We investigate and find out the inner differences between stand-alone firms and those participating to Productive Chain Networks (PCNs) as far as ownership and corporate governance characteristics are concerned. PCNs are typical Italian economic realities made of small and medium enterprises (SMEs) which behave like a unique meta-firm. Different clusters are found from an empirical analysis: firms outside PCNs, leaders in PCNs and suppliers participating to PCNs. The clusters differentiate on corporate governance practices and the consequent capability to attract funding from ﬁnancial institutions. The inner differences in governance structure relate to the underpinnings of the competitive advantage of the chain: the higher the human capital contribution, the more the governance frame diverts from standard managerial models. Our empirical findings show that the typical banks’ financing system (i.e. as it stems from Basel II and III rules) prefers to allocate credit to firms with worse corporate governance attributes, since a scaffolding finance approach links to the adopted models of firm’s governance when participating to PCNs.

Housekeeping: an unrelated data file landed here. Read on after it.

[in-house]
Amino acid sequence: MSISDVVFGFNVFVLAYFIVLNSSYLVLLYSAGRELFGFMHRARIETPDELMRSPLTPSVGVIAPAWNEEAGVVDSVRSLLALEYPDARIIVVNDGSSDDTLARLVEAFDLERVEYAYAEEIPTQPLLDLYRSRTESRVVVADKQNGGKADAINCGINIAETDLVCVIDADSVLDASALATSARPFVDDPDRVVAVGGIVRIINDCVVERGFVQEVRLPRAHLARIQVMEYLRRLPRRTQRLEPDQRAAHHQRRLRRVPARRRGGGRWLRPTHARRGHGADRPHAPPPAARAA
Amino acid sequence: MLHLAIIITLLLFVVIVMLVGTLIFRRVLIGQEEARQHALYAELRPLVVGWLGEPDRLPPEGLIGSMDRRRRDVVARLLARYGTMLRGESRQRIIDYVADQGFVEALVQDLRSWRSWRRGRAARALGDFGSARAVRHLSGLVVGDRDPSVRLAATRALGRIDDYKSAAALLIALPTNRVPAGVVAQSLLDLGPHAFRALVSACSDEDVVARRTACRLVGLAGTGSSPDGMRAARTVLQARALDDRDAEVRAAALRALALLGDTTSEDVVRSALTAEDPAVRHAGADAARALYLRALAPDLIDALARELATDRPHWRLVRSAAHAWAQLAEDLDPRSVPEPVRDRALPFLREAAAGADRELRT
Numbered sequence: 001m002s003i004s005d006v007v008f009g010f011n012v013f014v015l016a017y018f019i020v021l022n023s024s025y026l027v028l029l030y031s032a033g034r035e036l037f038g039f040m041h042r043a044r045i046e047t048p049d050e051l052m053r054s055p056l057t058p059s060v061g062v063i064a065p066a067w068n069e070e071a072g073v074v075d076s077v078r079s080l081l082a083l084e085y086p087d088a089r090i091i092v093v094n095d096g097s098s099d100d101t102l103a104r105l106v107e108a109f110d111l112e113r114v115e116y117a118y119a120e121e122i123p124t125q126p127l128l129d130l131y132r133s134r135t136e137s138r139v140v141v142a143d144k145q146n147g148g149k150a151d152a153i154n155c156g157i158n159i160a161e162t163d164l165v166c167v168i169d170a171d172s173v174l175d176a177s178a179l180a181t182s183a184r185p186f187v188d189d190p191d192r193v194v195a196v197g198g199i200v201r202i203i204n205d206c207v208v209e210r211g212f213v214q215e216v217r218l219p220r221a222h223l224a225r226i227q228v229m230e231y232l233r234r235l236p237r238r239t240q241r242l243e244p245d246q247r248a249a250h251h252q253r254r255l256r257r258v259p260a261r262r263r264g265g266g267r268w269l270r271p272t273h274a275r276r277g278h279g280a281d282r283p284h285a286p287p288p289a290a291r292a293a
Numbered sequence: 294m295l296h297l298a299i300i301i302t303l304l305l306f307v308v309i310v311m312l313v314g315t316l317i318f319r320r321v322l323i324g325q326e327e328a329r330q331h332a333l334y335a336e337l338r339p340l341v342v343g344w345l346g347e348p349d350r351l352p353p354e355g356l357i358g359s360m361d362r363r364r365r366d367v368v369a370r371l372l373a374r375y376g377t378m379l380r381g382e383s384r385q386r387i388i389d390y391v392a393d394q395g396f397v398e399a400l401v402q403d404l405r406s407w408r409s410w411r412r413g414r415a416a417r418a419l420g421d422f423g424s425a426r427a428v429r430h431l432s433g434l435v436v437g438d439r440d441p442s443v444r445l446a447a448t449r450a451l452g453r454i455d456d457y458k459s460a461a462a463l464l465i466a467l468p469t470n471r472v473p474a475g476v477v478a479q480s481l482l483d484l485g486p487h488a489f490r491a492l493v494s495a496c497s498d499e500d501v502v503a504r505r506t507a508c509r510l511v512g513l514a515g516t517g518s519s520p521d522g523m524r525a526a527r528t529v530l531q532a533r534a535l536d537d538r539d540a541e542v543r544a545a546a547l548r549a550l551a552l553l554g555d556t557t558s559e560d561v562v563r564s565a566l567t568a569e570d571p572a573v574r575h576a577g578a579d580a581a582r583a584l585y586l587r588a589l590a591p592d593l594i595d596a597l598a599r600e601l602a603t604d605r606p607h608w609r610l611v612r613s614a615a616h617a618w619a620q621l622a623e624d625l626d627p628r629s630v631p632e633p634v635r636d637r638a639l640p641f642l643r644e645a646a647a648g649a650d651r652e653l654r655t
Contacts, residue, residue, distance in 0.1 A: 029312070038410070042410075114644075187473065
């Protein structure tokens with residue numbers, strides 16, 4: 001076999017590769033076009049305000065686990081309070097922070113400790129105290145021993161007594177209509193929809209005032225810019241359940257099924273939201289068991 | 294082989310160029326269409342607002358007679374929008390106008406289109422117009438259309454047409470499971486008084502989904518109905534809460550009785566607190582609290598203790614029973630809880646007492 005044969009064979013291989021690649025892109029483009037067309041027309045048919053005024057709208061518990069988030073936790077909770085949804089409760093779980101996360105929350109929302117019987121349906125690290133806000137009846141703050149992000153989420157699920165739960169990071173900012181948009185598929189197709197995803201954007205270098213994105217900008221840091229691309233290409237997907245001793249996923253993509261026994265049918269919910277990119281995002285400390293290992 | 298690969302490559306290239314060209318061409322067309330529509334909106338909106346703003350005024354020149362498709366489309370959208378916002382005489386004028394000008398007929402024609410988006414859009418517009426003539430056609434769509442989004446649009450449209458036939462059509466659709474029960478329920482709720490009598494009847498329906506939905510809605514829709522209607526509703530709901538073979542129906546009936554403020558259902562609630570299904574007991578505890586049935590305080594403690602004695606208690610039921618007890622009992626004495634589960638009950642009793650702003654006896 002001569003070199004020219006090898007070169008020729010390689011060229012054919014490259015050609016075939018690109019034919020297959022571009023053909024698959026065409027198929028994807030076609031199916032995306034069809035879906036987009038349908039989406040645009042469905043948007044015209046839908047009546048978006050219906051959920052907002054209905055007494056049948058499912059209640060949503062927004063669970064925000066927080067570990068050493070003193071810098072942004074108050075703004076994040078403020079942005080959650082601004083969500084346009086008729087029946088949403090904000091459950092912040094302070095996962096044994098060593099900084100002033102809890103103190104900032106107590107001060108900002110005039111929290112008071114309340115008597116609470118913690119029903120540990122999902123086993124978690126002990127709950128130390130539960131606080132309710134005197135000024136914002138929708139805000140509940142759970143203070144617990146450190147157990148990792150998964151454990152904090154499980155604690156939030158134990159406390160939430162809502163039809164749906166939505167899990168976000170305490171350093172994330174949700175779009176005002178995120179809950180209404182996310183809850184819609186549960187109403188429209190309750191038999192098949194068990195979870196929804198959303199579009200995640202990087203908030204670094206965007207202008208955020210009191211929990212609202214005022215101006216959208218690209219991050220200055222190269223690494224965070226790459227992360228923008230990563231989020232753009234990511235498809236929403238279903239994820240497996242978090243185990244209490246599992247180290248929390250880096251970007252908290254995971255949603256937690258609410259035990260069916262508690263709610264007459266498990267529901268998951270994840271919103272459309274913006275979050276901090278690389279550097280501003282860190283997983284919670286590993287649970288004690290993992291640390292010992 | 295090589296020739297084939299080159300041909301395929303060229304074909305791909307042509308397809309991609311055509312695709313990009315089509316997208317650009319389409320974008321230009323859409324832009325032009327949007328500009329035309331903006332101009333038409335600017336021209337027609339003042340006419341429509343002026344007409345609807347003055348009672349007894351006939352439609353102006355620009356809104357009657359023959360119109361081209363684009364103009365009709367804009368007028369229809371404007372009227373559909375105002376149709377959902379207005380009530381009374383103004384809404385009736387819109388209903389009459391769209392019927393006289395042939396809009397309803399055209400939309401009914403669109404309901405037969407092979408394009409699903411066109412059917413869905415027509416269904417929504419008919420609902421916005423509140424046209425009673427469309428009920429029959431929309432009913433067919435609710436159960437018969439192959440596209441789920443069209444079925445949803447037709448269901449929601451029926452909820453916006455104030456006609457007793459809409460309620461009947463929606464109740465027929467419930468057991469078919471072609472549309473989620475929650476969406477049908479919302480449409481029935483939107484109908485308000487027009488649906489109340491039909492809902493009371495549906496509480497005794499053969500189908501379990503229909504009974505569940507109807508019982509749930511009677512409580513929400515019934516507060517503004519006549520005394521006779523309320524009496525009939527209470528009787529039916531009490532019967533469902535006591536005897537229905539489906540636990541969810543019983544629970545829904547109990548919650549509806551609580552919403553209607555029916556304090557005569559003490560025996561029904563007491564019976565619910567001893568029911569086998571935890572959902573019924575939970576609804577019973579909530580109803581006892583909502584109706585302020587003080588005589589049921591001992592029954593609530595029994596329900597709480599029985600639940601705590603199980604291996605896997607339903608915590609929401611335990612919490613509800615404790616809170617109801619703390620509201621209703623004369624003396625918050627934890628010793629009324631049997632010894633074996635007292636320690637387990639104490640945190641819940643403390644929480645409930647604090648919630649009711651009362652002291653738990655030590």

D85, G28, G31, G32, M10, M51
Corporate Governance, Networks, Firm Boundaries, Corporate Finance, Working Capital
Mantovani, Guido Max and Guidone, Teresa
"Corporate or Network Governance? The case of the Italian Productive Chains and their scaffolding finance approach.,"
The Journal of Entrepreneurial Finance:
1, pp. -.
Available at: https://digitalcommons.pepperdine.edu/jef/vol19/iss1/7
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